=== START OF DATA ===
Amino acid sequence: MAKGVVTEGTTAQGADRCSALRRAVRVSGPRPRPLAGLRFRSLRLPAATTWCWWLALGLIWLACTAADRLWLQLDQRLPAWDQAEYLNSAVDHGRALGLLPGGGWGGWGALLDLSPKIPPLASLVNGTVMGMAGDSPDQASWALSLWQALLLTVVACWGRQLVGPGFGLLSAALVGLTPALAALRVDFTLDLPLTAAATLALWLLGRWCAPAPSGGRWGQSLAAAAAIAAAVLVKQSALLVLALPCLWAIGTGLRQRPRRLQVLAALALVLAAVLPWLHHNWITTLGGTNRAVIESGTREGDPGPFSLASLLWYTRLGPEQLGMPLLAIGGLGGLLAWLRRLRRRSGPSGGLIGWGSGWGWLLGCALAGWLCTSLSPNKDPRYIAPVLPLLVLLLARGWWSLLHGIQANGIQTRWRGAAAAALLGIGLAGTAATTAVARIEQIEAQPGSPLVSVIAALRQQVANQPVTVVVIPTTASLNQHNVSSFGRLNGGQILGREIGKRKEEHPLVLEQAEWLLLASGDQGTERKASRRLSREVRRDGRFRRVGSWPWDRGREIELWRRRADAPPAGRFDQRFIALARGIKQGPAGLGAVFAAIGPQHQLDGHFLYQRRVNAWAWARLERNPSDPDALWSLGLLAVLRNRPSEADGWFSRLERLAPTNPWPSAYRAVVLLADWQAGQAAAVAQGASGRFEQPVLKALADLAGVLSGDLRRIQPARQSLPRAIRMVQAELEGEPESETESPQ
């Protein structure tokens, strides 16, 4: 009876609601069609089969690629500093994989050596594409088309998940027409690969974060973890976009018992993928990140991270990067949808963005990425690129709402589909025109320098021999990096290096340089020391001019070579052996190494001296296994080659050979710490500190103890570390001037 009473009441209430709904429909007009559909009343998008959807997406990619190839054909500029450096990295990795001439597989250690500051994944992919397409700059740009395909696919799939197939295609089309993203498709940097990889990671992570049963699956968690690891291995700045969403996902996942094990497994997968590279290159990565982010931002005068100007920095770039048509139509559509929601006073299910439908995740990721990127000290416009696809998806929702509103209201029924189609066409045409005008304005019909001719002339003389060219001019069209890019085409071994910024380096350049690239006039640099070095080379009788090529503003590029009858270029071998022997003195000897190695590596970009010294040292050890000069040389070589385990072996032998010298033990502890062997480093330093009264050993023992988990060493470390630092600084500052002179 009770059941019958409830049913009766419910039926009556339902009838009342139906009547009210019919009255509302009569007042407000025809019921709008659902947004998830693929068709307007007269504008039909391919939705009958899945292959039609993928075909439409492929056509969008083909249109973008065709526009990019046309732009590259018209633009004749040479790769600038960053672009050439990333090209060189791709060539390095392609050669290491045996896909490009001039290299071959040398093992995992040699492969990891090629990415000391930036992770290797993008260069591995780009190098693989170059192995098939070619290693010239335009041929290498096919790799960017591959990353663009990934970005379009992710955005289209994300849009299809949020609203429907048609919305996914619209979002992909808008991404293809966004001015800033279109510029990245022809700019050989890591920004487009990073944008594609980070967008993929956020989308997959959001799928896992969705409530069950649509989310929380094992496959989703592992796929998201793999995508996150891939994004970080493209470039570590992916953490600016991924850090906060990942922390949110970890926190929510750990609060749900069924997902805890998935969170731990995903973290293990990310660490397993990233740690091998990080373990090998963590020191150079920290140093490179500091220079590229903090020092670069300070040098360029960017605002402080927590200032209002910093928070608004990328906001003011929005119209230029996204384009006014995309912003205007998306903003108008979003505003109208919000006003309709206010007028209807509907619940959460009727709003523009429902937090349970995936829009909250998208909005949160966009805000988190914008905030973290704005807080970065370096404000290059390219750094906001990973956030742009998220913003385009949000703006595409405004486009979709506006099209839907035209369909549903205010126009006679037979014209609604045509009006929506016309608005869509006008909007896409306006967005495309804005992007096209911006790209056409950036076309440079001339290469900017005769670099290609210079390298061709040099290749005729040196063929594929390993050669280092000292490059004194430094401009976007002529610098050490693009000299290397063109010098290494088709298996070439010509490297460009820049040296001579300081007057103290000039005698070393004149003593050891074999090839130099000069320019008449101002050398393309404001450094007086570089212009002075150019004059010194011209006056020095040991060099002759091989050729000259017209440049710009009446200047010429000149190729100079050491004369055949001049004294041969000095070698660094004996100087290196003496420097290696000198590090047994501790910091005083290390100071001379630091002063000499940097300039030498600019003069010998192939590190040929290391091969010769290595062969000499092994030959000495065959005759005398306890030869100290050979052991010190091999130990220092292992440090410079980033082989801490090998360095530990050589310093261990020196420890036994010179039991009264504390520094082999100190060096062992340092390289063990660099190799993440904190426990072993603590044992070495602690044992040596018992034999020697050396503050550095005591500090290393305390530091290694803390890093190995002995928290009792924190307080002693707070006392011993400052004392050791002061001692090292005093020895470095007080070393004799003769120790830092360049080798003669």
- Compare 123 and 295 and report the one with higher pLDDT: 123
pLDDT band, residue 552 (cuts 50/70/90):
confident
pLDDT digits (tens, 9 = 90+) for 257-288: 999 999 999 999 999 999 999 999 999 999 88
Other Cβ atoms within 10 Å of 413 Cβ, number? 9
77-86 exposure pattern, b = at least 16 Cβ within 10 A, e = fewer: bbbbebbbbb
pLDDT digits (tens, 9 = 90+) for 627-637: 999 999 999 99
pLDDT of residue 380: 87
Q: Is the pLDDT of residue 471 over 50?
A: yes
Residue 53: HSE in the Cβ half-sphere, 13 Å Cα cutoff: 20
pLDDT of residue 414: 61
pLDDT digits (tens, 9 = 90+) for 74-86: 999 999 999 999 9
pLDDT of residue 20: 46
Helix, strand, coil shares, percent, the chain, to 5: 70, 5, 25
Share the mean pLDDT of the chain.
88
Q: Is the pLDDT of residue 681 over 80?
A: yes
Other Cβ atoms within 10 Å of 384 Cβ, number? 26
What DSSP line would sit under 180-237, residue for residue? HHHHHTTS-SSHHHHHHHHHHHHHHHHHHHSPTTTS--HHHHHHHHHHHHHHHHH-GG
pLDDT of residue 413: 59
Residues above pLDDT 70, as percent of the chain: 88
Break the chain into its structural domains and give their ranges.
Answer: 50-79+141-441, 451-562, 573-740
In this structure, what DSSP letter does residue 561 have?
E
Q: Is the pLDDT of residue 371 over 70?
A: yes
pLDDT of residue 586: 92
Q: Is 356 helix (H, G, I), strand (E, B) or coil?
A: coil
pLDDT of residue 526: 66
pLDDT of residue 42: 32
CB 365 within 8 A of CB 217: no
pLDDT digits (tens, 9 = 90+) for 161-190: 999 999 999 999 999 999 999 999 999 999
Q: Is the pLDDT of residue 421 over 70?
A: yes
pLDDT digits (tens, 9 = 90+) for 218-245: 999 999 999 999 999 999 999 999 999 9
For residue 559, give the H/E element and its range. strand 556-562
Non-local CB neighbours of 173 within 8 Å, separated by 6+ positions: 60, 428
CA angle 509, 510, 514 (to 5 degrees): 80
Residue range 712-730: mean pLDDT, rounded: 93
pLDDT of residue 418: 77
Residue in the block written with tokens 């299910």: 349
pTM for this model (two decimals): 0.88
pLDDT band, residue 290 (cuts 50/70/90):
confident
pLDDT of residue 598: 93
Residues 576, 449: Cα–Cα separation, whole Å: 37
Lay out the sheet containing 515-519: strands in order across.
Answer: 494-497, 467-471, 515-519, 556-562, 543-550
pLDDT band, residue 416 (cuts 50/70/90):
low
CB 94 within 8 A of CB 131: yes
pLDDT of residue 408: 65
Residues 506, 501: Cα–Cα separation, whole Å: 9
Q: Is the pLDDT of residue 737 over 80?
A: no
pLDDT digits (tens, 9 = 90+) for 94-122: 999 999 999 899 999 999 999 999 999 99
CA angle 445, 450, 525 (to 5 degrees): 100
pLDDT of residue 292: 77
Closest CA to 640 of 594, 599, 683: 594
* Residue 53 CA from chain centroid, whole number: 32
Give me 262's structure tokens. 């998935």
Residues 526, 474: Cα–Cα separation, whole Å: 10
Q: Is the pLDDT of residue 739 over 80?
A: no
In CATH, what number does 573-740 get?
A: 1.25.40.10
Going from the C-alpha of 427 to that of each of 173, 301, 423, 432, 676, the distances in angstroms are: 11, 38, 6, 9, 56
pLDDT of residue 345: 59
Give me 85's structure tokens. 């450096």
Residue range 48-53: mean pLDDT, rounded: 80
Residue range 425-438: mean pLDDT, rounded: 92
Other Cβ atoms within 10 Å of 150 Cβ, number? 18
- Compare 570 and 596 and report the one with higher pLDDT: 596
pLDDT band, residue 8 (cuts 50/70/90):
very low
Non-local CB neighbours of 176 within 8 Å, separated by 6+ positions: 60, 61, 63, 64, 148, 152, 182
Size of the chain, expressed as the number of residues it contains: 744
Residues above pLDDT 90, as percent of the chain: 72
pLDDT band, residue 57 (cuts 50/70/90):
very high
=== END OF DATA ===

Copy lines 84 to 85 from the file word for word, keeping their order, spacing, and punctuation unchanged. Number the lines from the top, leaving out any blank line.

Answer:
Residues above pLDDT 90, as percent of the chain: 72
pLDDT band, residue 57 (cuts 50/70/90):